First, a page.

Your Thursday night briefing from the staff of Courthouse News
Top CNS stories for today including a federal judge ruling Commerce Secretary Wilbur Ross may have added the citizenship question to the 2020 census for discriminatory reasons; records from the bankruptcy proceedings of Attorney Michael Avenatti will be sealed at his request; the world’s smallest and most endangered porpoise, often caught in gillnets by commercial fisherman, are given another chance at survival as a court orders the Trump administration ban seafood from countries where the net is still used; the first systemic analysis of global marine wilderness finds only a small fraction of the world’s oceans can still be classified as wilderness; a Pew survey finds Americans are generally supportive of gene editing; meanwhile, a new survey finds most voters in California care about the environment and want the same from their next governor, and more.
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1.) Commerce Secretary Wilbur Ross may have added the citizenship question to the 2020 census for discriminatory reasons, a federal judge ruled Thursday, advancing a challenge by 18 states, several cities and nongovernmental groups.
2.) Kevin Patrick Mallory, a former CIA contractor convicted of selling defense secrets to a Chinese spy last month, will be acquitted on two counts, a federal judge has decided.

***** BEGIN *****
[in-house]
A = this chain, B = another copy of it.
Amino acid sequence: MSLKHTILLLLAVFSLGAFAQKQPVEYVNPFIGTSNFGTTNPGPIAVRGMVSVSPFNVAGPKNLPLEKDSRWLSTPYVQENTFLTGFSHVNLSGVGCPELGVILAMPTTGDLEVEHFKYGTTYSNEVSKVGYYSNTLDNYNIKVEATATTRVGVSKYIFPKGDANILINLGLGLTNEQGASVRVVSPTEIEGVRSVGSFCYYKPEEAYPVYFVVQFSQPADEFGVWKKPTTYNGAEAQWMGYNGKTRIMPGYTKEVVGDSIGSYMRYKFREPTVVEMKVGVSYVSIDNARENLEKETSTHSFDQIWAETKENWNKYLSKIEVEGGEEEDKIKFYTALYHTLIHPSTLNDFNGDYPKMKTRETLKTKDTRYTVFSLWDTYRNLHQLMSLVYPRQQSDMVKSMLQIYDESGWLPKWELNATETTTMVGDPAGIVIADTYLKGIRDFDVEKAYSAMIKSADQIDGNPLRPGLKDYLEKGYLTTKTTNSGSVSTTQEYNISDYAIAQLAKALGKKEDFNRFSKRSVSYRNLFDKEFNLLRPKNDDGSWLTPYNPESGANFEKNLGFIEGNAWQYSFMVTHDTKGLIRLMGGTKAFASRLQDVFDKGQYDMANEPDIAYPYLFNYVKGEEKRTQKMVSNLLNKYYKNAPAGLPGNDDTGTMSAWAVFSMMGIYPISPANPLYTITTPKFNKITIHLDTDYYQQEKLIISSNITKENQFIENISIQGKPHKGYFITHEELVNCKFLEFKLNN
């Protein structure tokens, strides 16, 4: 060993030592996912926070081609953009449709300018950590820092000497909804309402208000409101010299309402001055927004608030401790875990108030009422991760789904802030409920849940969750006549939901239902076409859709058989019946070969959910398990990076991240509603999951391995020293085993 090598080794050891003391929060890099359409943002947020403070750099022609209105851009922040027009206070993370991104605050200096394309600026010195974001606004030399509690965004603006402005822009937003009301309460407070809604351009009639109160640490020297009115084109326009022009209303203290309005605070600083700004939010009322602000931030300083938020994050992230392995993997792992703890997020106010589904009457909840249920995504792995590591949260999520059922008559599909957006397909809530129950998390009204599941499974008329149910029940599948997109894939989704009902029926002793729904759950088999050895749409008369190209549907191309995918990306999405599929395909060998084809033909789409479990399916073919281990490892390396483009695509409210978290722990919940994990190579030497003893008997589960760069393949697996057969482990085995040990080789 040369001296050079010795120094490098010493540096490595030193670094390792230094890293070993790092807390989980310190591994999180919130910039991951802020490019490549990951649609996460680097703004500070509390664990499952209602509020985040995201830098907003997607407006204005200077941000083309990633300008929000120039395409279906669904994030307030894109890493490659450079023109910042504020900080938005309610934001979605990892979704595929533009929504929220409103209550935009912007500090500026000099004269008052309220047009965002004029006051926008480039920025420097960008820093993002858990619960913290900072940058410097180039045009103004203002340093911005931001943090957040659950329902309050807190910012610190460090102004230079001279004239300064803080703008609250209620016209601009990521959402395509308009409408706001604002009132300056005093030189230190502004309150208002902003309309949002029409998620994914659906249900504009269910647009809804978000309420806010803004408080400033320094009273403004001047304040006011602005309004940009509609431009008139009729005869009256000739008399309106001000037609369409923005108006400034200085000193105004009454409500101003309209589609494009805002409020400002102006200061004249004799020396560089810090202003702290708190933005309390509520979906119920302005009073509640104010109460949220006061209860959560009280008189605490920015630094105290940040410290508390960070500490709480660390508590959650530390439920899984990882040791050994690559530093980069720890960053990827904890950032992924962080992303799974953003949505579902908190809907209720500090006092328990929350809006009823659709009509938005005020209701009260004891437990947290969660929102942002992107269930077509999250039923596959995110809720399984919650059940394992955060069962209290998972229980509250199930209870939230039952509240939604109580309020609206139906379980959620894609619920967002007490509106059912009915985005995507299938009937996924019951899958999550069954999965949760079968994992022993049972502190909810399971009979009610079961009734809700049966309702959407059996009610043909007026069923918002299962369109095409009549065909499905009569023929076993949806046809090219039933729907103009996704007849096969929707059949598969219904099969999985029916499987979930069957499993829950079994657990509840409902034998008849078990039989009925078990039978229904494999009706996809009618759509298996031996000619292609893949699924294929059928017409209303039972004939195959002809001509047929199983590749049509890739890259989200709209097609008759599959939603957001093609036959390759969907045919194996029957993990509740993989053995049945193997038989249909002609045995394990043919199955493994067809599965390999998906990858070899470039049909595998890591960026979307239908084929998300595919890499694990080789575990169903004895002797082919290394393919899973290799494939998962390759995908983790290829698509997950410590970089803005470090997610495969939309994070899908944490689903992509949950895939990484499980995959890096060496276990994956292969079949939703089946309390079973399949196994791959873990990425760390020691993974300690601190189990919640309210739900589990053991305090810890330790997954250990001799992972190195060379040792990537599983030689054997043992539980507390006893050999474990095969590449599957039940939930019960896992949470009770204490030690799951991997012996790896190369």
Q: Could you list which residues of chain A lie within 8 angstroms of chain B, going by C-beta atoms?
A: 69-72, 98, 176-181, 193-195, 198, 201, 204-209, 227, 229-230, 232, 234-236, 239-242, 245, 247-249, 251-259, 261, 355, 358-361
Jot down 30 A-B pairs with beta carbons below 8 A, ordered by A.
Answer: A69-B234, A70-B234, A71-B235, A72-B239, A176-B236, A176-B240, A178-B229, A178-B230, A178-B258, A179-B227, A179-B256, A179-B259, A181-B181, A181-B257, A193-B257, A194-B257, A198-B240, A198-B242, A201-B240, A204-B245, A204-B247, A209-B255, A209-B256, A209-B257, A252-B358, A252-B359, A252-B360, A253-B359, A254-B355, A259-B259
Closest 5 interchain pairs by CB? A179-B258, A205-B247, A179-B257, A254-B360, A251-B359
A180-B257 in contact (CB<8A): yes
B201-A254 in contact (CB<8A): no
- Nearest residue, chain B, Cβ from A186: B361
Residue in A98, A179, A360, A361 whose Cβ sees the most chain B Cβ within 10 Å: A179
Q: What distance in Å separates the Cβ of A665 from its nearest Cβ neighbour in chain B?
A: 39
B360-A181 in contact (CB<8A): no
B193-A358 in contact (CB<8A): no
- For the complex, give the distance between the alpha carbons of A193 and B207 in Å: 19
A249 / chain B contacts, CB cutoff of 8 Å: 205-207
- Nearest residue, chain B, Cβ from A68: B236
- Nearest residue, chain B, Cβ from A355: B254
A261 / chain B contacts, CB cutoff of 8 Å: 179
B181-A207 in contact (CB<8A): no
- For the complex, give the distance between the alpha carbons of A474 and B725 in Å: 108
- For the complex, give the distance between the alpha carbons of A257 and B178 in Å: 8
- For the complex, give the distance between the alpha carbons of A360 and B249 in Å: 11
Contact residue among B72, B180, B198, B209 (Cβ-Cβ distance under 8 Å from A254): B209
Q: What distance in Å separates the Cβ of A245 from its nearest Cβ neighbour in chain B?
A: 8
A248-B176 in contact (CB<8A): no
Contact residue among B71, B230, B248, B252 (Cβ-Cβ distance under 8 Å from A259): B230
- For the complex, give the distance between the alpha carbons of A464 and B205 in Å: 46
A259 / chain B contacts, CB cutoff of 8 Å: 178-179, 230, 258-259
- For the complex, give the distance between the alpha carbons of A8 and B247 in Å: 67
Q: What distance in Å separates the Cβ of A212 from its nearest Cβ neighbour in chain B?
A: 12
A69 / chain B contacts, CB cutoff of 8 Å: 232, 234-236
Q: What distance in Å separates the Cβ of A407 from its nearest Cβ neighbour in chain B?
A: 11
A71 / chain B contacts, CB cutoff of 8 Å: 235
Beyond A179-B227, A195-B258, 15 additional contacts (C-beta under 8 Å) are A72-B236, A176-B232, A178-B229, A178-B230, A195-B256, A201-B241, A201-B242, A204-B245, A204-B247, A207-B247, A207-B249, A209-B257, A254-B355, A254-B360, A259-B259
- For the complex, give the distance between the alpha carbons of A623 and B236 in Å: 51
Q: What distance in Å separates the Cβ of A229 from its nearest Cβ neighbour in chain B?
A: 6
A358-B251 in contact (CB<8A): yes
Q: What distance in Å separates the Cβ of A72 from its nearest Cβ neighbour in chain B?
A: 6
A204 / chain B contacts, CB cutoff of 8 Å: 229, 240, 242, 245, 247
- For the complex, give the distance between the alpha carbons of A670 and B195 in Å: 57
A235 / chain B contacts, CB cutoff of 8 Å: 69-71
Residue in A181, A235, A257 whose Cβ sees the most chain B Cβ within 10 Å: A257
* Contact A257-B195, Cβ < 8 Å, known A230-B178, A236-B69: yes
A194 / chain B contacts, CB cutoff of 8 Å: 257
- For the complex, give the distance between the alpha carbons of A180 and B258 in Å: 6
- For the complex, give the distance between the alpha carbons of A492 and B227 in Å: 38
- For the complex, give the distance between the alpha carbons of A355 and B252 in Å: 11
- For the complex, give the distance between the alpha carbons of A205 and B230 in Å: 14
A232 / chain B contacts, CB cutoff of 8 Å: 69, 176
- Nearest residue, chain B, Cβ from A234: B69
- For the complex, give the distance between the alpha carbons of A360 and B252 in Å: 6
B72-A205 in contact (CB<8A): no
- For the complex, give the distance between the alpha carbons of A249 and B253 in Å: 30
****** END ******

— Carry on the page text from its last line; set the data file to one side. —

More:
3.) This week’s change in former Trump campaign manager Paul Manafort’s trial date in Virginia, prompted Special Counsel Robert Mueller on Thursday to renew his his request for blank subpoena sets for potential witnesses.
4.) A federal judge agreed to seal court transcripts and bar media from attending a court hearing involving the bankruptcy proceedings of attorney Michael Avenatti at his request on Wednesday, according to multiple news outlets.
5.) The world’s smallest and most endangered porpoise, often caught in gillnets by commercial fisherman, were given another chance at survival Thursday after a court ordered the Trump administration ban seafood from countries where the net is still used.
6.) In over 100 pages of affidavits submitted Wednesday by the American Civil Liberties Union in the class action over the separation of immigrant families, attorneys said parents separated from their kids at the U.S.-Mexico border were coerced into waiving their rights to family reunification.
7.) The Seventh Circuit upheld an injunction Thursday against an Indiana law that makes women undergo an ultrasound at least 18 hours before an abortion, finding there is no medical justification for the rule.
9.) Only a small fraction of the world’s oceans can still be classified as wilderness, according the first systemic analysis of global marine wilderness published Thursday.
Research & Polls
10.) Should gene editing be used to treat serious congenital diseases or boost a baby’s brainpower? According to a Pew survey published Thursday, Americans are generally supportive of gene editing but have clear boundaries and concerns about “going too far.”
11.) Most voters in California care about the environment and want the same from their next governor, according to the results of a new survey released Wednesday that asked voters how they feel about environmental issues.
12.) A majority of Americans feel that higher education is in a downward spiral, the Pew Research Center reported Thursday, but Republicans and Democrats disagree on why.